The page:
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Chronic Cough

Cough

Cough is a common symptom, and almost everyone has experienced it. Cough is an important symptom of common cold, flu or other common upper respiratory infections but it usually subsides within 1-3 weeks. Doctors divide cough according to he duration of cough as follow:

  • Acute Cough – lasts 3 weeks or less
  • Chronic Cough – lasts more than 3 weeks

Acute Cough

Most causes of acute cough are related to infections, important among them are common cold, influenza, acute sinus infection, and acute bronchitis. Among the important causes which one need to be aware of are:

  • Occasionally patient may have whooping cough which is not always easy to diagnose, but diagnosis is critical as early treatment can help reduce complications, and prevent the spread to others.
  • Pneumonia: bacterial pneumonia, walking pneumonia can start with minor respiratory infection, but can make a person very sick. If you have shortness of breath, chest pain and/or fever, suspect something wrong with your lungs and have your healthcare provider examine the patient and possibly do x-rays.
  • Acute Asthma especially cough variant asthma can present with lot of cough, which may be confused for acute bronchitis or cough due to respiratory infection.

Chronic Cough

Cough persisting for more than 3 weeks may be due to any of myriad conditions originating in nose, sinus, throat, larynotracheobronchial tree, lung parenchyma, heart, and esophagus. Deciphering the cause of cough requires a thorough history, examination and necessary testing depending on the history and examination findings.

  • Smoking is one of the most important cause of cough, even in patients who do not have COPD.
  • ACE inhibitors: these medications are used to treat patients with high blood pressure. 5-10% patients develop cough within six months after starting ACE inhibitors. Occasionally cough following ACE inhibitors may start years after patient start taking ACE inhibitors.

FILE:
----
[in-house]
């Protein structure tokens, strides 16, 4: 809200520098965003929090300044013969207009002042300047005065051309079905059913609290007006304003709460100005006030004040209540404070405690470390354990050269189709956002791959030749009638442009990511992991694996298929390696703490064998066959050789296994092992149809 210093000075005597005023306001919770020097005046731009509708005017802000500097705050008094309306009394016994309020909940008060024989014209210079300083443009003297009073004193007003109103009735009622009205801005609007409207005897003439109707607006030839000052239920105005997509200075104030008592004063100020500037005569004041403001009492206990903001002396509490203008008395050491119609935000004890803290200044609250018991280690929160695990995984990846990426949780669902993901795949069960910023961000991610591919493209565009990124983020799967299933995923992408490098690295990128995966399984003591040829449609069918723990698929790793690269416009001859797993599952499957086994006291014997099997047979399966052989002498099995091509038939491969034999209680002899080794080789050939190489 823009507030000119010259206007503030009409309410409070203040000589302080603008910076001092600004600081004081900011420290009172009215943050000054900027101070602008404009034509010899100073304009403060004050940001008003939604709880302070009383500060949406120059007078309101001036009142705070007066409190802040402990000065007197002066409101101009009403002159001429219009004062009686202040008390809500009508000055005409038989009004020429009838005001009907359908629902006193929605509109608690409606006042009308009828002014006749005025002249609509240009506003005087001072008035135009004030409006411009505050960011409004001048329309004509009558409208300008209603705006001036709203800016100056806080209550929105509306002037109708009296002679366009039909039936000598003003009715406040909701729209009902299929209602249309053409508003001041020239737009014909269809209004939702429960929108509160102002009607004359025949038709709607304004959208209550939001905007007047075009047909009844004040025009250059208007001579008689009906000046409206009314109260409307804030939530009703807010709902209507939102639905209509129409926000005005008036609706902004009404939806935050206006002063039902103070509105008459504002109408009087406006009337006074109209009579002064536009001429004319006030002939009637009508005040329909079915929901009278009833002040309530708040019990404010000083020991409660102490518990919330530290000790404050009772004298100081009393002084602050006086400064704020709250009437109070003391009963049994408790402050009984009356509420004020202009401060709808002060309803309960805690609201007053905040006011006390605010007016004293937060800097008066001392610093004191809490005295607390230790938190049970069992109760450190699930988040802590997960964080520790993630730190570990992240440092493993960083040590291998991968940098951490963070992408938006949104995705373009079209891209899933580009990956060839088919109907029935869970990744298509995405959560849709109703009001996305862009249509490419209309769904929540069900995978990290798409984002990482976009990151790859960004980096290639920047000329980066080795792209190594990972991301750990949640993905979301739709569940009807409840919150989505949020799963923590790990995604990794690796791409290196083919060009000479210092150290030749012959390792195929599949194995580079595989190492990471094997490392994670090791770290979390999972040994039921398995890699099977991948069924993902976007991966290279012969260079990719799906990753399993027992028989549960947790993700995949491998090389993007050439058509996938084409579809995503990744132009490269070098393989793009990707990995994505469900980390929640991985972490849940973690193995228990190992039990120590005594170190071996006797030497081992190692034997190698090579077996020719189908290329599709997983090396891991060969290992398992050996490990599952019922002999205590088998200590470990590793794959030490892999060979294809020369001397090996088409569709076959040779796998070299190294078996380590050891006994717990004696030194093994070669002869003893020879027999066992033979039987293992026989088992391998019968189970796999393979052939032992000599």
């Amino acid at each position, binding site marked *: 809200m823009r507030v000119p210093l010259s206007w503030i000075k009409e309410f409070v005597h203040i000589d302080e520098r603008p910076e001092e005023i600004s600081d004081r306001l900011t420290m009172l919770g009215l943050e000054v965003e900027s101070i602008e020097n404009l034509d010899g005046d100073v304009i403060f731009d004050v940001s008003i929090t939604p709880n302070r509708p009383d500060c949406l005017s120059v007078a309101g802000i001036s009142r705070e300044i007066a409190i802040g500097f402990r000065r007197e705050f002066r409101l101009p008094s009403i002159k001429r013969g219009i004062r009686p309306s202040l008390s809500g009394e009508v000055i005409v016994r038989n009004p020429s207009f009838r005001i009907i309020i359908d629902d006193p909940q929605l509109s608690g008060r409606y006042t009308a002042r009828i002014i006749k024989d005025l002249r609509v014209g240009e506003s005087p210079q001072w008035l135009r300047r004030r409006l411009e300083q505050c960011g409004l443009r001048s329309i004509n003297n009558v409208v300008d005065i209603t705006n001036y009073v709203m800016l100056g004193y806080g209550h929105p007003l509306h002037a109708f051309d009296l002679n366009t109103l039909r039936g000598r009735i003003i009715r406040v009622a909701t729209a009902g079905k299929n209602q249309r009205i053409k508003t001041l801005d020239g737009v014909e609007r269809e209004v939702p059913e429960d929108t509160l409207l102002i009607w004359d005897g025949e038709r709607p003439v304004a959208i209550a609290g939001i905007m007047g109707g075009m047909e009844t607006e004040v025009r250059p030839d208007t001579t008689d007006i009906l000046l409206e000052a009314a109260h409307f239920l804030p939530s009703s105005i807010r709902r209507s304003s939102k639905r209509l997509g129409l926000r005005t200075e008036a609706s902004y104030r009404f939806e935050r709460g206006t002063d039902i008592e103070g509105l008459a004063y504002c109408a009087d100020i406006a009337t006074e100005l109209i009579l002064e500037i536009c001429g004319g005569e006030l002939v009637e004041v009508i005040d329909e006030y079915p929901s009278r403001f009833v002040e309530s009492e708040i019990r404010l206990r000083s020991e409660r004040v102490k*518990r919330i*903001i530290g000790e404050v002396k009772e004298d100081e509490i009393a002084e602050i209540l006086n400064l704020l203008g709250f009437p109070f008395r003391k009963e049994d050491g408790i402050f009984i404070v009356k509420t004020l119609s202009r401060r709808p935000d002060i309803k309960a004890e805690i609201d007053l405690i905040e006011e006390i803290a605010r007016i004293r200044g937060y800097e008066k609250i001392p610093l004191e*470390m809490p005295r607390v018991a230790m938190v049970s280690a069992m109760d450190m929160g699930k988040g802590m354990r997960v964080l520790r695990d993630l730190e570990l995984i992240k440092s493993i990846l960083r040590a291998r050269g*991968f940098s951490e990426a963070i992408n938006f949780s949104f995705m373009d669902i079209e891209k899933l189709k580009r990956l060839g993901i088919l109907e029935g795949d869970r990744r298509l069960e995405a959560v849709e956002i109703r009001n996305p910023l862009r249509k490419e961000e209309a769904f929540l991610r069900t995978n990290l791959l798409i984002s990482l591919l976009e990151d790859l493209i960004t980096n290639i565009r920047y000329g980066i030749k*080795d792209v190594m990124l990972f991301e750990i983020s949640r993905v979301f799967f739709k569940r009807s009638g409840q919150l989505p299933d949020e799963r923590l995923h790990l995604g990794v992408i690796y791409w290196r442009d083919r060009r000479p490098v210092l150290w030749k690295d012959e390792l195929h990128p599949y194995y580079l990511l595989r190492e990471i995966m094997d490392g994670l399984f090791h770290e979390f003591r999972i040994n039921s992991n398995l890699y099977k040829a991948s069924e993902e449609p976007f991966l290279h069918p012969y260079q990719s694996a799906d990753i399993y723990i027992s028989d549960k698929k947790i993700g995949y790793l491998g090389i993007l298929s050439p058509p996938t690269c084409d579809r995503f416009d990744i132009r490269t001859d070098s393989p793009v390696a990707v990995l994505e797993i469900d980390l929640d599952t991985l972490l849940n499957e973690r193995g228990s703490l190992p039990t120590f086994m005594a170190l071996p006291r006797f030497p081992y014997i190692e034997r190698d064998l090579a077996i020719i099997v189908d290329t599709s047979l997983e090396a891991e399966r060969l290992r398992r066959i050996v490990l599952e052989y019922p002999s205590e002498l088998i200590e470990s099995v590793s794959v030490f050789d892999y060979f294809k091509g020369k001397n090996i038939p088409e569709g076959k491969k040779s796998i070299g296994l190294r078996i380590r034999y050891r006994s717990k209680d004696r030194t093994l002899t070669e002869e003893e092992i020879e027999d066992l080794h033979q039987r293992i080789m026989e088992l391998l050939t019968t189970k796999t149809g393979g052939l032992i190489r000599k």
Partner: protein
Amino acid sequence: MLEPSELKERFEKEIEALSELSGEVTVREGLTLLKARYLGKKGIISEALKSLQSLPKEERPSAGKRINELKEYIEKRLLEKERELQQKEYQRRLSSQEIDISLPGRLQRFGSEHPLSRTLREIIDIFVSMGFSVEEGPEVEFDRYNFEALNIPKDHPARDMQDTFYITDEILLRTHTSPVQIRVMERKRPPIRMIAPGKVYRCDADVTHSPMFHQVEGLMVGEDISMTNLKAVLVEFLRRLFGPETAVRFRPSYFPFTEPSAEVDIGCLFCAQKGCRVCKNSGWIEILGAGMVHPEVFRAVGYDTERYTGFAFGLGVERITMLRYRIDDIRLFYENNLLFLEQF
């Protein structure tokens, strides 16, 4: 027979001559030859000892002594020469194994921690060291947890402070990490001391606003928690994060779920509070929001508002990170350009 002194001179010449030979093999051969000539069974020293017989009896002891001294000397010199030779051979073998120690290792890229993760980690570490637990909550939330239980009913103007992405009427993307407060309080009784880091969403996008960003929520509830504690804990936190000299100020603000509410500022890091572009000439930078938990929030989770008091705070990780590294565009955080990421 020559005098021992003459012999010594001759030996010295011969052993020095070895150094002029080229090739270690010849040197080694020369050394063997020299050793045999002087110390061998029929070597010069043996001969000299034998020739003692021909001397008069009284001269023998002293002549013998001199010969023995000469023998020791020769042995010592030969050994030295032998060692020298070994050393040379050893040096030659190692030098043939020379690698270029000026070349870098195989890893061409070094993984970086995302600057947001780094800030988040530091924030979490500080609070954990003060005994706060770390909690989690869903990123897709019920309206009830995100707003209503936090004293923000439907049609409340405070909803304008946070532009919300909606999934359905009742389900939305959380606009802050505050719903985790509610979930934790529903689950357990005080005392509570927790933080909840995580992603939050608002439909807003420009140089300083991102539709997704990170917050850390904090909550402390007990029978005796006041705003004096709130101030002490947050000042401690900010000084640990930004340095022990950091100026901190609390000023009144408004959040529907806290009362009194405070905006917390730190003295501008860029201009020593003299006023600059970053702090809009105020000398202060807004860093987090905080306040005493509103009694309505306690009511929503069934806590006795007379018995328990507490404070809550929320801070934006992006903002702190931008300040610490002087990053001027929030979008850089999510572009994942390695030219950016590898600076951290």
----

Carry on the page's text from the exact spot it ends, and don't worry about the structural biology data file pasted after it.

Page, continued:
• Those patients who are not smokers, and have normal chest x-ray, following three conditions account for more than 90% of the cases:
    • Upper airway cough syndrome: it was previously called post nasal drip. It account for more than 60% of the patients with chronic cough. Half of the patients have underlying allergies and other half are due to non-allergic rhinitis, chronic sinusitis or other causes of nasal and sinus diseases. Many patients with infectious sinusitis are misdiagnosed as allergic nasal disease and treated for allergic nasal disease.
    • Cough variant asthma: asthma or cough variant account for 20-30% of the patients with chronic cough. It is easier to diagnose patients with asthma when they exhibit usual symptoms of wheezing, cough, chest tightness and shortness of breath. Normal breathing test (PFT) does not rule out asthma. Patient may need to undergo methacholine challenge test to rule out asthma. Sometimes, a trial of asthma medications may help resolve the issue.
    • Gastro esophageal reflux disease: When the content of stomach acid backs up in esophagus, it is called gastro esophageal reflux (GERD). Most patients with reflux experience heartburn, but many do not. Many patients with reflux experience throat clearing, feel like lump in the throat, hoarseness, chest tightness and are diagnosed with repeated bronchitis, asthma, and chronic cough. These symptoms can worsen asthma. Those with predominant throat or laryngeal symptoms are called to have laryngopharyngeal reflux (LPR). GERD or LPR account for 20-30% of cases of chronic cough.
  • It is not uncommon to see patients have upper airway cough syndrome with asthma and GERD in various combinations. It is important to figure out the various components of this puzzle.
  • Postinfection cough: Many time a patient has cough which persists for more than three weeks following a viral disease. These patients don’t have whooping cough, sinusitis, asthma, reflux or pneumonia. This is due to persistent inflammation after the infection and will eventually go away.
  • Bronchogenic Carcinoma: Most feared cause of cough. It is far more common in smokers but has occurred in non-smokers as well. Fortunately it is an uncommon cause of chronic cough. Most patients suspect lung cancer on abnormal chest x-rays but occasionally need CT scan and bronchoscopy to diagnose and confirm the diagnosis.
  • Habit cough and psychogenic cough are important but fortunately less common cause. They are not easy to diagnose. Patients usually don’t accept the diagnosis.
  • Chronic interstitial lung disease including pulmonary fibrosis are important lung conditions which can present with cough, and shortness of breath. Even when patient has confirmed diagnosis of pulmonary fibrosis, it is worthwhile to rule out GERD and/or upper airway syndrome as contributing factors to the causeof cough.